High Chirp – from 130 kHz to 210 kHz, 15° to 9° beamwidth
• Available in 0°,12° or 20 tilted versions
• 80 kHz of total bandwidth from one transducer
• Covers popular fishing frequency of 200 kHz plus everything else in the bandwidth
When Your Living Depends on Finding Fish…
Rely on Airmar’s new broadband transducers for the ultimate fishing mission. Whether you’re a commercial fisherman, charter captain, or tournament angler, there’s a new game in town! CHIRP transducers enable greater detail and resolution so precise it’s possible to distinguish between individual baitfish, game fish, and underwater structures.
The CHIRP Difference
Traditional marine fishfinders operate at discrete frequencies such as 50 kHz and 200 kHz, use relatively short-duration transmit pulses, and use narrowband sonar transducers. In contrast, CHIRP (compressed high-intensity radar pulse) uses a precise sweep pattern of many frequencies within a long-duration transmit pulse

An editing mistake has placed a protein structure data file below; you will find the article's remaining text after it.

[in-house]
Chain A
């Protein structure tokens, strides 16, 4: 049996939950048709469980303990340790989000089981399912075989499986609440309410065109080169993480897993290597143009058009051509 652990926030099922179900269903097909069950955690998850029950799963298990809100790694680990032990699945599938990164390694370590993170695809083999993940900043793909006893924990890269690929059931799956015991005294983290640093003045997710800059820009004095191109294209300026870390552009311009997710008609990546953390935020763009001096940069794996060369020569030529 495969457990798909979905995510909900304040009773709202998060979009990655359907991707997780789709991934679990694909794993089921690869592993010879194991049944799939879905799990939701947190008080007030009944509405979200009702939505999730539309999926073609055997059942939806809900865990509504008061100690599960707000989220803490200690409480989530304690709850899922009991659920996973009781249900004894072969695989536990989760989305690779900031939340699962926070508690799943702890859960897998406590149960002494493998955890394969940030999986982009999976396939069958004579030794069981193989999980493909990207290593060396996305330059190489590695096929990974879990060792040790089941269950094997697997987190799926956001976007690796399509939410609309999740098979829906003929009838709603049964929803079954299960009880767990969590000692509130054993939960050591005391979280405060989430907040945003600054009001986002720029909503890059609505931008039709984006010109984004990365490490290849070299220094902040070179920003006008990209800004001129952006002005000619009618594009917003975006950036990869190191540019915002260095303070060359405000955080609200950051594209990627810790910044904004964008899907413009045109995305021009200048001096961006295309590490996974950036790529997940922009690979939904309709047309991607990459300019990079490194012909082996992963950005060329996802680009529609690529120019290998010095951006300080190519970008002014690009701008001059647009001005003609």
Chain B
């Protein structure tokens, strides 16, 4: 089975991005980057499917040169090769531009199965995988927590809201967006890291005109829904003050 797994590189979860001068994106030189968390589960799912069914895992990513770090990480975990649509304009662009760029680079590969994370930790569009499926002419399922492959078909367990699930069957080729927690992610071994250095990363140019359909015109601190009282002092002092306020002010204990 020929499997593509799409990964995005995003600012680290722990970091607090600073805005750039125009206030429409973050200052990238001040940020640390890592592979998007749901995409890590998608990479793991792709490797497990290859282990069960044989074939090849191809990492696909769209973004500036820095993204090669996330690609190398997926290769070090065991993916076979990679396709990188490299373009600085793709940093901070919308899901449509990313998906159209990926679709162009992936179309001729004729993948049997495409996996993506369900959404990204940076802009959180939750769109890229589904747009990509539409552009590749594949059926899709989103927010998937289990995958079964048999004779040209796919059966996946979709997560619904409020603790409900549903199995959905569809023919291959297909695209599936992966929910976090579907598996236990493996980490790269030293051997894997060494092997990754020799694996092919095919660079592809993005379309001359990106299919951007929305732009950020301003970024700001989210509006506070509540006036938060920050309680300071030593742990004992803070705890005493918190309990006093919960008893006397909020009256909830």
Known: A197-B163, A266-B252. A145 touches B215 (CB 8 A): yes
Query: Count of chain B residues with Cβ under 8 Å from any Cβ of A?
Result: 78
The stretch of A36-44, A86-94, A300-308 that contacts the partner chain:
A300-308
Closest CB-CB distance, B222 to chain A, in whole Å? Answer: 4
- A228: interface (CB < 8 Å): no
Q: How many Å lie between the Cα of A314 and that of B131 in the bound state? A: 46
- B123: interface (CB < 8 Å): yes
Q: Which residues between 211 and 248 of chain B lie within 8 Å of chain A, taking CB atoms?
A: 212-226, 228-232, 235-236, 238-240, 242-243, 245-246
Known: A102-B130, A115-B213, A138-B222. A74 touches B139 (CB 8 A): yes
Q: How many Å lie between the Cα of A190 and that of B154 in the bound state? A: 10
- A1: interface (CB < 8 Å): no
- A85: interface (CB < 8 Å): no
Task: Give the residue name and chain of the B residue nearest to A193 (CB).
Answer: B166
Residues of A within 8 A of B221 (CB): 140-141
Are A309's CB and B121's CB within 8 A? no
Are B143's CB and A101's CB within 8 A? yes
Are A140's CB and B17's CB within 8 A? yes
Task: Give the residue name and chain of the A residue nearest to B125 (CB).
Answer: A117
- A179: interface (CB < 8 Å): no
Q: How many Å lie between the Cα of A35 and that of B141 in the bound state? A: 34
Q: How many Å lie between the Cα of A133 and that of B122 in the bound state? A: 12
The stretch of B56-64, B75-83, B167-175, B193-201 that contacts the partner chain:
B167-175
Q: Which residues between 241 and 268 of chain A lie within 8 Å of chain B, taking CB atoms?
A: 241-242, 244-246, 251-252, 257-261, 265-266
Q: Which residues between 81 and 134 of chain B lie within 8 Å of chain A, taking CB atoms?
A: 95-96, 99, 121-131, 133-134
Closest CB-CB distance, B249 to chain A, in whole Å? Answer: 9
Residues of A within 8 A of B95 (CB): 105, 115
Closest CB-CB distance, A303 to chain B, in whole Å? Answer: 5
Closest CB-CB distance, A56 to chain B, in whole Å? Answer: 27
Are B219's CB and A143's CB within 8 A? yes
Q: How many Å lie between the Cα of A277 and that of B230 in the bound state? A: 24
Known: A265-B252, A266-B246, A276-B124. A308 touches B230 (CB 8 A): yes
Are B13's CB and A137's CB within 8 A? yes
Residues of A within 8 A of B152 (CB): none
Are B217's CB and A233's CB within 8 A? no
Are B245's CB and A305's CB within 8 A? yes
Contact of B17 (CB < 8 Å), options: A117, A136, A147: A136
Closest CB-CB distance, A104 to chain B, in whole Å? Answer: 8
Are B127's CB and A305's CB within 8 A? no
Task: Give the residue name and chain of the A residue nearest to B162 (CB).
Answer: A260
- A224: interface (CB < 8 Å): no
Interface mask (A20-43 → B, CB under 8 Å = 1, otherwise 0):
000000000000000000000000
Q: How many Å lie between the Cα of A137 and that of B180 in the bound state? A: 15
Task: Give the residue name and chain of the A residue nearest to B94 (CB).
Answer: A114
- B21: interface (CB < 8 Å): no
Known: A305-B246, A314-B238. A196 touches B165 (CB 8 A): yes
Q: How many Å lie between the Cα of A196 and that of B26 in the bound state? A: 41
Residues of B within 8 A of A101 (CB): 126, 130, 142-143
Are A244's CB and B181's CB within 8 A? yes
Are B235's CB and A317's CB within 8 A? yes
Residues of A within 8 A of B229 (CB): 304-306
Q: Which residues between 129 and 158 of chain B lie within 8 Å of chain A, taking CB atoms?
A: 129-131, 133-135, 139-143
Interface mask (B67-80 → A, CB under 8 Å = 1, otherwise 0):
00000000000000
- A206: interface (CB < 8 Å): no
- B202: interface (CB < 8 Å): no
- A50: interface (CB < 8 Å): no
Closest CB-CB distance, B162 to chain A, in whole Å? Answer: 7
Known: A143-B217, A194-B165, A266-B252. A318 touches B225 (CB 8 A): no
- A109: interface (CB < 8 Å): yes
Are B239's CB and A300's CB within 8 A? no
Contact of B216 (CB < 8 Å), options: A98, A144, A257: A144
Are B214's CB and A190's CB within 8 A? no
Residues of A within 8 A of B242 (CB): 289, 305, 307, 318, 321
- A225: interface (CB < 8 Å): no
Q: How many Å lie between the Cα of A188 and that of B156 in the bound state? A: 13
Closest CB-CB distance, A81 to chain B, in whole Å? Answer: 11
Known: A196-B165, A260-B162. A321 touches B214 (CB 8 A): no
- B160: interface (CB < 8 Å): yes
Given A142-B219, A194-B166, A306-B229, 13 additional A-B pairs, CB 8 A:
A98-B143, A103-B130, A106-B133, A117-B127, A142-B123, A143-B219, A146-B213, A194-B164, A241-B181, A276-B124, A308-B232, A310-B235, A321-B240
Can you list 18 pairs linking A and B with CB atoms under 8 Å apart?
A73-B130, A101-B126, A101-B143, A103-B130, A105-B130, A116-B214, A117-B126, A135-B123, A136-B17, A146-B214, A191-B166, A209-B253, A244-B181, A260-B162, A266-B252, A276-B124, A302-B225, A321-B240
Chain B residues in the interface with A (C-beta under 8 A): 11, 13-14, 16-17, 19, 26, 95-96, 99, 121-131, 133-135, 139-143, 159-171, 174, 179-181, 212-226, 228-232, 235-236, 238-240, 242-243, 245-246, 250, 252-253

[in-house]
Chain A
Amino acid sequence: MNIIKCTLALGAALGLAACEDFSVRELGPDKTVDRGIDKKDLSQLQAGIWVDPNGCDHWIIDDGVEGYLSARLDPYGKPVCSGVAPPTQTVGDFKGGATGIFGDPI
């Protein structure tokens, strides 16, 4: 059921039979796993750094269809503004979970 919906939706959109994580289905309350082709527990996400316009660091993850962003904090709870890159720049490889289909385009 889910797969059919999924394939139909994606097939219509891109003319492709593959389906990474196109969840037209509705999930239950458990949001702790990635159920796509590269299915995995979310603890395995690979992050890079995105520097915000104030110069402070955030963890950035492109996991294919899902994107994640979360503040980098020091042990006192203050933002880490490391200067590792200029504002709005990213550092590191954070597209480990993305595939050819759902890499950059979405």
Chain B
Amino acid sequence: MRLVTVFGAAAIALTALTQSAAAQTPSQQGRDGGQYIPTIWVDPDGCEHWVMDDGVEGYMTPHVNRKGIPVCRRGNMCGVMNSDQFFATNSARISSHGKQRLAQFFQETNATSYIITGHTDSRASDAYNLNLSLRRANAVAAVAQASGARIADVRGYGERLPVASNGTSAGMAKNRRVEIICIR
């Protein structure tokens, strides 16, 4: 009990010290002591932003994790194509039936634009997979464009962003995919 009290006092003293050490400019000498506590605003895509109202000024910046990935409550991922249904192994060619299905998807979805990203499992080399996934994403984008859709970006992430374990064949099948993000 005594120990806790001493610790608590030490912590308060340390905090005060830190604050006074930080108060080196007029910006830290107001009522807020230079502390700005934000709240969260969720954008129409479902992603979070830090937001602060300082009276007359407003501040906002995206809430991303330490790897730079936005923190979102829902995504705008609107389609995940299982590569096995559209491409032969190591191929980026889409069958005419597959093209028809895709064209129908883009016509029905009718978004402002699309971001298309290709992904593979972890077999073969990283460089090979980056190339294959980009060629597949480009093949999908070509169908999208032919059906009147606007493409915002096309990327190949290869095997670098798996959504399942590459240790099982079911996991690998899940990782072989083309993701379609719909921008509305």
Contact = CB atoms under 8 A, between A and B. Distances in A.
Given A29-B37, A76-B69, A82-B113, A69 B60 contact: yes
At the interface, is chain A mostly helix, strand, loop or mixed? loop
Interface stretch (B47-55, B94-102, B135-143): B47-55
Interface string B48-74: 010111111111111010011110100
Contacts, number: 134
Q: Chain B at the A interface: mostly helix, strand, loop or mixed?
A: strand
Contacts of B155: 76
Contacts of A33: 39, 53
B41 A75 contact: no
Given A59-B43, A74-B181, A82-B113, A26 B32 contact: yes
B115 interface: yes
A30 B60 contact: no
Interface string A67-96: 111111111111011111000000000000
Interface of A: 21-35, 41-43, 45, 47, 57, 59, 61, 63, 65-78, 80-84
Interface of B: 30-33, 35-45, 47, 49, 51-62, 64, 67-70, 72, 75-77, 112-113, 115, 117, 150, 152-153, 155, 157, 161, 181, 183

from a broadband transducer, so the equivalent sound energy transmitted into the water is 10 to 1,000 times greater than a conventional marine fishfinder. The echo energy returning to the transducer, superior to that generated by a conventional transducer, is then processed by the fishfinder’s DSP (digital signal processing)
computer and displayed in ultra-sharp detail on the display. The combination of CHIRP, a broadband transducer, and the fishfinder’s DSP, results in dramatically better fish and bottom detection, superior depth capability, and significantly better performance at speed.
Does YOUR Fishfinder CHIRP?
Only CHIRP/Spread Spectrum sounders using Airmar broadband transducers can operate as a CHIRP fishfinder system. When Airmar’s new transducer is paired with a broadband fishfinder, the result is 5 to 10 times greater sensitivity and performance than current fishfinder technology. Packed with exclusive technology like
Transducer ID® and newly engineered piezoceramic elements. As a result, all targets detected in the entire bandwidth will be seen on the display rather than only what is identified in traditional frequencies at 50 kHz and 200 kHz.